An Agile retrospective is a meeting that's held at the end of an iteration in Agile software development (ASD ). During the retrospective, the team reflects on what happened in the iteration and identifies actions for improvement going forward.
Each member of the team members answers the following questions:
- What worked well for us?
- What did not work well for us?
- What actions can we take to improve our process going forward?
The Agile retrospective can be thought of as a "lessons learned" meeting. The team reflects on how everything went and then decides what changes they want to make in the next iteration. The retrospective is team-driven, and team members should decide together how the meetings will be run and how decisions will be made about improvements.
Because Agile stresses the importance of continuous improvement, having a regular Agile retrospective is one of the most important of Agile development practices. The Ninth Agile principle outlined in the Agile manifesto states, "At regular intervals, the team reflects on how to become more effective, then tunes and adjusts its behavior accordingly." A framework, such as the one below, can be used to provide structure and keep discussion during the retrospective focused.
- Set the stage - get the team ready to engage in the retrospective, perhaps with a warm-up activity such as Plus, Minus, Interesting (PMI) (5 minutes)
- Gather data - create a shared picture of what happened during the retrospective (10 minutes)
- Generate insights - discuss what was successful and identify any roadblocks to success (10 minutes)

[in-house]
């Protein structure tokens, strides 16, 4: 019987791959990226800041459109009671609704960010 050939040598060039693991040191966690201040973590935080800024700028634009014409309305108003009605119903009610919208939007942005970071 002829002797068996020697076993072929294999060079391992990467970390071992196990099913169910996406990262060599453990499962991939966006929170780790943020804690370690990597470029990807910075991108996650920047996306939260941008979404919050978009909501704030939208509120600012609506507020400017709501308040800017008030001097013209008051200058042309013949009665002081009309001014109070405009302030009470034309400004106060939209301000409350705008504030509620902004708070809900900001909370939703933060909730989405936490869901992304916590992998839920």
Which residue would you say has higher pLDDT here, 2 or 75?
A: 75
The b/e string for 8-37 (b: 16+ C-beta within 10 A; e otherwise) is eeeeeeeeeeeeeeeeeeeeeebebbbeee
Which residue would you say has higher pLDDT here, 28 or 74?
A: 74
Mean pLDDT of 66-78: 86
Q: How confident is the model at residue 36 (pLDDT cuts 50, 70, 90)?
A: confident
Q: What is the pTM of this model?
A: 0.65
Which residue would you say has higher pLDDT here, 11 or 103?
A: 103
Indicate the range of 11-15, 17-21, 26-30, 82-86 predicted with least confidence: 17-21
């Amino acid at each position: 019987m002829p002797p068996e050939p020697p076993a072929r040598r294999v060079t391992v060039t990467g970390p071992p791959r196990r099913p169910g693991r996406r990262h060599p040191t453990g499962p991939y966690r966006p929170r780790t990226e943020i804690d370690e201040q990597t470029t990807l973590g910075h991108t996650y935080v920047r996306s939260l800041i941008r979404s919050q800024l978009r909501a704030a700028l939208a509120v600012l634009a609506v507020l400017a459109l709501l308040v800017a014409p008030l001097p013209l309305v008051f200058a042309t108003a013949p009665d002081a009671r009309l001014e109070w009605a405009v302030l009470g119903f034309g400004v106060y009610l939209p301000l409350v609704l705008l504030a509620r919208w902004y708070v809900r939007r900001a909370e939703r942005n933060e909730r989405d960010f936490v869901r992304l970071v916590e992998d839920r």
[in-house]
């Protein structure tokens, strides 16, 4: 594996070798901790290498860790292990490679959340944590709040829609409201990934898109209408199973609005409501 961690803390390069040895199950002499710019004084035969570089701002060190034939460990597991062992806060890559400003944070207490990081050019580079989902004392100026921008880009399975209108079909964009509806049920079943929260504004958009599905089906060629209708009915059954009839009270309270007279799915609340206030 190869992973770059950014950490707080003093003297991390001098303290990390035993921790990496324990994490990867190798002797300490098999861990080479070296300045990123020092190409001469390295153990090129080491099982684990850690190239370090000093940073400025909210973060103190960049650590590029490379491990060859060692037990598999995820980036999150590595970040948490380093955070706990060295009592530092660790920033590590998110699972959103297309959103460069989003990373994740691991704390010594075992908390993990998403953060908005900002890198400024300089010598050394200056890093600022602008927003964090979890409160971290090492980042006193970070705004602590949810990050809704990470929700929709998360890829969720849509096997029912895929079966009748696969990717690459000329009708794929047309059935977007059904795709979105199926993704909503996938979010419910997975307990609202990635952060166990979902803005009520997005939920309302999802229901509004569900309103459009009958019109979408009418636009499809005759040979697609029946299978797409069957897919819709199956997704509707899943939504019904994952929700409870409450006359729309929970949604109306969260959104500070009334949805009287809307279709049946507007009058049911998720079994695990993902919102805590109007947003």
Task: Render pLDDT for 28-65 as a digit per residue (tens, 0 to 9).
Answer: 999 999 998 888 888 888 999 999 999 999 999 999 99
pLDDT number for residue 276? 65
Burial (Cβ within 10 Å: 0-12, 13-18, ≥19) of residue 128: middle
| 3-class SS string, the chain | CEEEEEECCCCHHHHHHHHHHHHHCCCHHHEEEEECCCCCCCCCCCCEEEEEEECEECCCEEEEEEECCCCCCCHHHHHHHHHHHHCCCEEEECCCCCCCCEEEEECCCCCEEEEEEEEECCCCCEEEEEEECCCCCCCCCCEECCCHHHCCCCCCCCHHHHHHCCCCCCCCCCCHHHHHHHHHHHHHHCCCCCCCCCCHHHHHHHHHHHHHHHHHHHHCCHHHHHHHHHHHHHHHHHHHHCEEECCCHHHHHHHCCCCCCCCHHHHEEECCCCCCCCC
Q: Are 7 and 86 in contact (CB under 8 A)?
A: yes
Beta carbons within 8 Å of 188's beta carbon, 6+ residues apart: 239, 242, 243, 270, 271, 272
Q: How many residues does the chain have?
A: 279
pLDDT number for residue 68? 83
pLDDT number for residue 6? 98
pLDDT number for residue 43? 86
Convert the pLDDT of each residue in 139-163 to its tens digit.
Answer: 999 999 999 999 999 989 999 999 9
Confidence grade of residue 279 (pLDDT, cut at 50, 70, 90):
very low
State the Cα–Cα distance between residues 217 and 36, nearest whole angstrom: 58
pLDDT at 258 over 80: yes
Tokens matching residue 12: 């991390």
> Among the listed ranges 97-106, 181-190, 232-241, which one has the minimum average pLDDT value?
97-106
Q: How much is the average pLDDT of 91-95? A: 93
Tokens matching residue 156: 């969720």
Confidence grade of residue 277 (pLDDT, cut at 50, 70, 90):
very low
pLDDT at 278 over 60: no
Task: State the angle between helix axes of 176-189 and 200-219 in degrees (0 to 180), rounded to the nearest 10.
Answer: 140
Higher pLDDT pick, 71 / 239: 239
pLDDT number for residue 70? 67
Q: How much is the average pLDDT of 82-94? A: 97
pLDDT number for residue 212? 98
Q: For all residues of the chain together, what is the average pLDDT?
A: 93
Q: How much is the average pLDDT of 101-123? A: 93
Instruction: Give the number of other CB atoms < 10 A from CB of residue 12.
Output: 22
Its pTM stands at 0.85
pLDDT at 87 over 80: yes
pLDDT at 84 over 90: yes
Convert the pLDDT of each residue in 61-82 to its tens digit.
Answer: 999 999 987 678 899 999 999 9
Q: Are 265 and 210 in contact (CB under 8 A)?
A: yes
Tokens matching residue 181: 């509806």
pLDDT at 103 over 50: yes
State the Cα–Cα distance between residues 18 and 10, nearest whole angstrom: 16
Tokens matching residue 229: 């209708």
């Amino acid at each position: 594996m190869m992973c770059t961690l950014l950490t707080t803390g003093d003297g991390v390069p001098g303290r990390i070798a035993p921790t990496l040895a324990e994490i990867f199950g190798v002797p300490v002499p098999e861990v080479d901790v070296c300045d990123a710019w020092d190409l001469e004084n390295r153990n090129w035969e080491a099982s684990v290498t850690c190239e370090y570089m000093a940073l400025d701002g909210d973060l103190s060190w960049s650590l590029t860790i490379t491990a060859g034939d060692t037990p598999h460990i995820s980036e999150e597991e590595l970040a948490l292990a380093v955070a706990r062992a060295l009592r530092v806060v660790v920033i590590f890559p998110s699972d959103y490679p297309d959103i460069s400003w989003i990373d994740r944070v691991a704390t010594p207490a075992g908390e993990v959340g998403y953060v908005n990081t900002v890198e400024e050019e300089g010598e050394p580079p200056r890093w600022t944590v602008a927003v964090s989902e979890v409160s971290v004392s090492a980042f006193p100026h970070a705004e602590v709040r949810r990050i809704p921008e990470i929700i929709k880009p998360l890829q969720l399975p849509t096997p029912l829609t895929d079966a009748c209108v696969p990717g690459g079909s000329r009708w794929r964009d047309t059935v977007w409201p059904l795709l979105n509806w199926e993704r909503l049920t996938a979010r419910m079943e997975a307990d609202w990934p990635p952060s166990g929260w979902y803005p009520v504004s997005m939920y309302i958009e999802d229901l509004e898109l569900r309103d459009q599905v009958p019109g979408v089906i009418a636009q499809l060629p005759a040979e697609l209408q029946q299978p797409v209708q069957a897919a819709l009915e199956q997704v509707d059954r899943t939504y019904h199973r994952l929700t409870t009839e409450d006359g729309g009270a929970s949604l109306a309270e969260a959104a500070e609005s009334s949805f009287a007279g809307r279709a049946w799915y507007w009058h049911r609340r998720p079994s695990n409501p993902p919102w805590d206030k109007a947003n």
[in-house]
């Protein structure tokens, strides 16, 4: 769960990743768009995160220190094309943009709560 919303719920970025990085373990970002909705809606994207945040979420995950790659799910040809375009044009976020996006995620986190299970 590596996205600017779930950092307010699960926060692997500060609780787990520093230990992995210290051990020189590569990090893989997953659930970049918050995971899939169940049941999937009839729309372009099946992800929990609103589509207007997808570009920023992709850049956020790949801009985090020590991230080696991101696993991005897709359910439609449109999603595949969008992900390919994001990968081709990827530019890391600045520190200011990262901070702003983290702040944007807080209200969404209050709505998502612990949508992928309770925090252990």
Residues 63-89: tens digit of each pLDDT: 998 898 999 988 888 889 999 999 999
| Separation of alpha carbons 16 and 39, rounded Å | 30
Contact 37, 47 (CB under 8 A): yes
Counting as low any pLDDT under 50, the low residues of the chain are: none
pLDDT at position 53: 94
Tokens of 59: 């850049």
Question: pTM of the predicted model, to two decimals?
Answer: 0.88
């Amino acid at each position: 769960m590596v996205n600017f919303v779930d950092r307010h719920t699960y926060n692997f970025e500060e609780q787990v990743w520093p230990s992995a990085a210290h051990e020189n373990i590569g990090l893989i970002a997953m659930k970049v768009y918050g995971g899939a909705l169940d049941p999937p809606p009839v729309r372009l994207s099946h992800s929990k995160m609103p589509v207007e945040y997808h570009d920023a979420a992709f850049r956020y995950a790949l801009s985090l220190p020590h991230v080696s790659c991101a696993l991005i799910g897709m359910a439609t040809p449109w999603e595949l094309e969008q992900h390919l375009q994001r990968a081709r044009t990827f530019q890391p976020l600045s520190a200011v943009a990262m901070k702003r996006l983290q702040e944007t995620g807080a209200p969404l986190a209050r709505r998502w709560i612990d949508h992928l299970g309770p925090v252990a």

- Decide what to do - identify highest priority items to work on and put measurable goals on those items so they can be completed (15 minutes)
- Close the retrospective - reflect on the retrospective and how to improve it, and to appreciate accomplishments of the team and individual interactions (5 minutes)
The form above is not the only way to hold an Agile retrospective. It is important to consider other alternatives which include, but are not limited to project post mortems, PMI retrospectives, six hats retrospectives, and asking the five whys.
An atmosphere of honesty and trust is needed in order for every member to feel comfortable sharing their thoughts. Norman Kerth's work at the turn of the millennium was highly important to the development of Agile retrospectives and retrospectives in general. Kerth's prime directive states, "Regardless of what we discover, we understand and truly believe that everyone did the best job they could, given what they knew at the time, their skills and abilities, the resources available, and the situation at hand."